The patterns were solid, glen plaid, herringbone, stripes, checks and windowpane checks. Summer suits had more variety, with colors as varied as medium blue, tan, beige, cream, golden brown and grey. They had more patterns, adding chine, birdseye (a small diamond pattern with each diamond having a dot in the middle) and vertical and diagonal stripes. The “Palm Beach” summer suit was made of a cotton/mohair blend with an open weave. Other summer materials were seersucker, shantung silk, rayon blends, linen and gabardine. This last one was quite popular. It is a tight weave of wool, cotton, texturized polyester or a blend of these, with a prominent diagonal rib on the face of the material. The pants were so durable that men could wear the bottoms without the jackets, for a casual look, without worrying about wearing them out. Single-breasted and double-breasted varieties of the jacket existed. Double-breasted built up a thin man.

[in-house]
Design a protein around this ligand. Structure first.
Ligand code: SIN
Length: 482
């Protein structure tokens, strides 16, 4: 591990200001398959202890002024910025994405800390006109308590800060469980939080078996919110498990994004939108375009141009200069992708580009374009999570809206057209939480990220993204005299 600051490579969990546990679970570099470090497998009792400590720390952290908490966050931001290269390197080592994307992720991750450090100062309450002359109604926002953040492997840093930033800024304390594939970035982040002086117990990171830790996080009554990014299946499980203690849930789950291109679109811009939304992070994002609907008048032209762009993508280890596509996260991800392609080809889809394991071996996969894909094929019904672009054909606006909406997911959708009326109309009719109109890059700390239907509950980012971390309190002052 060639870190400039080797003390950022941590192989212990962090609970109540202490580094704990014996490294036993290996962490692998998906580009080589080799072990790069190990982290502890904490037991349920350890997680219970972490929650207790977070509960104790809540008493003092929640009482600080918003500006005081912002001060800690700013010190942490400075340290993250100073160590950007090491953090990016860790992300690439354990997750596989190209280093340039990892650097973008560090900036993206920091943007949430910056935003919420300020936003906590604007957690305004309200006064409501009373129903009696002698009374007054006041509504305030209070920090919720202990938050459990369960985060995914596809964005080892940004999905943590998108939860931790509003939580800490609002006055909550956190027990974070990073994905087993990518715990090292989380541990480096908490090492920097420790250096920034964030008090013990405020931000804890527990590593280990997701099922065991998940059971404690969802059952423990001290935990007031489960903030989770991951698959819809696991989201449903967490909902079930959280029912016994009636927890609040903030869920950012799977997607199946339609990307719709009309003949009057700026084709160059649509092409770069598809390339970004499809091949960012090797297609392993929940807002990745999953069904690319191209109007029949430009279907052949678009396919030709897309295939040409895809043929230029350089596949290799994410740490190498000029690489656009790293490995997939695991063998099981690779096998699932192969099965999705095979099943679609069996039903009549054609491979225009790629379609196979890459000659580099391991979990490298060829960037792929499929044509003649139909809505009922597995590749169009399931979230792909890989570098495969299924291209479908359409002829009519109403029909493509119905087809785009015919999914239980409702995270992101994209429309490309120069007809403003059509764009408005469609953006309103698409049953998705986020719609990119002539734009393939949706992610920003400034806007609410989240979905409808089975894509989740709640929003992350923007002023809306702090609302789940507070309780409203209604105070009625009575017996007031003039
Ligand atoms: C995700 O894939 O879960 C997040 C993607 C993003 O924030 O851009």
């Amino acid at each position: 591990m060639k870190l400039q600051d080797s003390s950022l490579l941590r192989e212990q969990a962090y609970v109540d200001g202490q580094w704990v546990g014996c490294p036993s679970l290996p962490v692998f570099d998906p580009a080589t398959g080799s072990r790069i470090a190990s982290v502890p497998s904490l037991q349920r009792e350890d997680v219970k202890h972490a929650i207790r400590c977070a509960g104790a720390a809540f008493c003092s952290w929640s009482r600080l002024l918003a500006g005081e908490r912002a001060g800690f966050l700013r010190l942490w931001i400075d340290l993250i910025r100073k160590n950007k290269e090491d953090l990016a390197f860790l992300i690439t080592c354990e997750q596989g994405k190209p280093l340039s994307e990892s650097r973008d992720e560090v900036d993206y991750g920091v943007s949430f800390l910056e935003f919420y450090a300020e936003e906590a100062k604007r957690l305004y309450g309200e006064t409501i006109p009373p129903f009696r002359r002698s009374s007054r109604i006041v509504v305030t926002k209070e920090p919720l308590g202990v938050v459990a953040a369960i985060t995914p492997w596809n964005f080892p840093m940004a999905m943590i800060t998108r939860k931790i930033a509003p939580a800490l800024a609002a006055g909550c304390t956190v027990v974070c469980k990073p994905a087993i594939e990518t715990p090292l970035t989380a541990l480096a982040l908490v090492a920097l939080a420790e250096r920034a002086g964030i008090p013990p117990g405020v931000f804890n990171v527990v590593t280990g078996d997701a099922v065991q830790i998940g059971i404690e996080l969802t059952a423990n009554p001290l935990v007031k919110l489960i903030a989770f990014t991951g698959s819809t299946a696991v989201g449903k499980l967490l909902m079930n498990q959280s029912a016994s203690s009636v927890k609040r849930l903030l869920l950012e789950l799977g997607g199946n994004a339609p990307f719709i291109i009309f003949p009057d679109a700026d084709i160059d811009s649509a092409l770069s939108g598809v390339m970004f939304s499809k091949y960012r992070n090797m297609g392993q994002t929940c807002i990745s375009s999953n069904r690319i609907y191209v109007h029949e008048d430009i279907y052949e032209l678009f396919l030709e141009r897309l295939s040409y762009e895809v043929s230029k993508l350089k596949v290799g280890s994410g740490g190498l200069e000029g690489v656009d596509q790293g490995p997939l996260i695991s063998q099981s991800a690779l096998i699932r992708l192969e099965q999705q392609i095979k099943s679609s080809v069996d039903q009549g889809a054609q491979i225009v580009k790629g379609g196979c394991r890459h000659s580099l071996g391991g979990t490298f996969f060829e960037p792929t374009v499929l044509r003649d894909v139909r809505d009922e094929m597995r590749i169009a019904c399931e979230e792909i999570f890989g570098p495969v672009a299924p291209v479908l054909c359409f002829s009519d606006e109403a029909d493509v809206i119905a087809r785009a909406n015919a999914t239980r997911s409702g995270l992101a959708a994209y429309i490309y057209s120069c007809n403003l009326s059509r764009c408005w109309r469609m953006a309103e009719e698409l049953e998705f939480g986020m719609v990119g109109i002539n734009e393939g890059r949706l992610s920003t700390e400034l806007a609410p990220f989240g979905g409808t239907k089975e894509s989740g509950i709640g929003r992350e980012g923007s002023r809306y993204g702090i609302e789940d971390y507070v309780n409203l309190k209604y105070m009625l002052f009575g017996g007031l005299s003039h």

Suits often came with matching vests. These were 5-6 button fronts with or without lapels, mostly single-breasted. The pants were designed to fit high on the waist, with full leg, tapering slightly to the cuffed ankle. They were in both pleated and flat, for a lean look, versions. The ironed crease down the middle of the pant, front and back, was designed to add height. The waist band had belt loops for narrow belts and, by the mid-30s, with technological advancement, the zippers made button-flys a thing of the past. The deep crotch drop would be popular for several more decades. One pant style did not last too long: the very high waist pant which young men wore with short sweaters.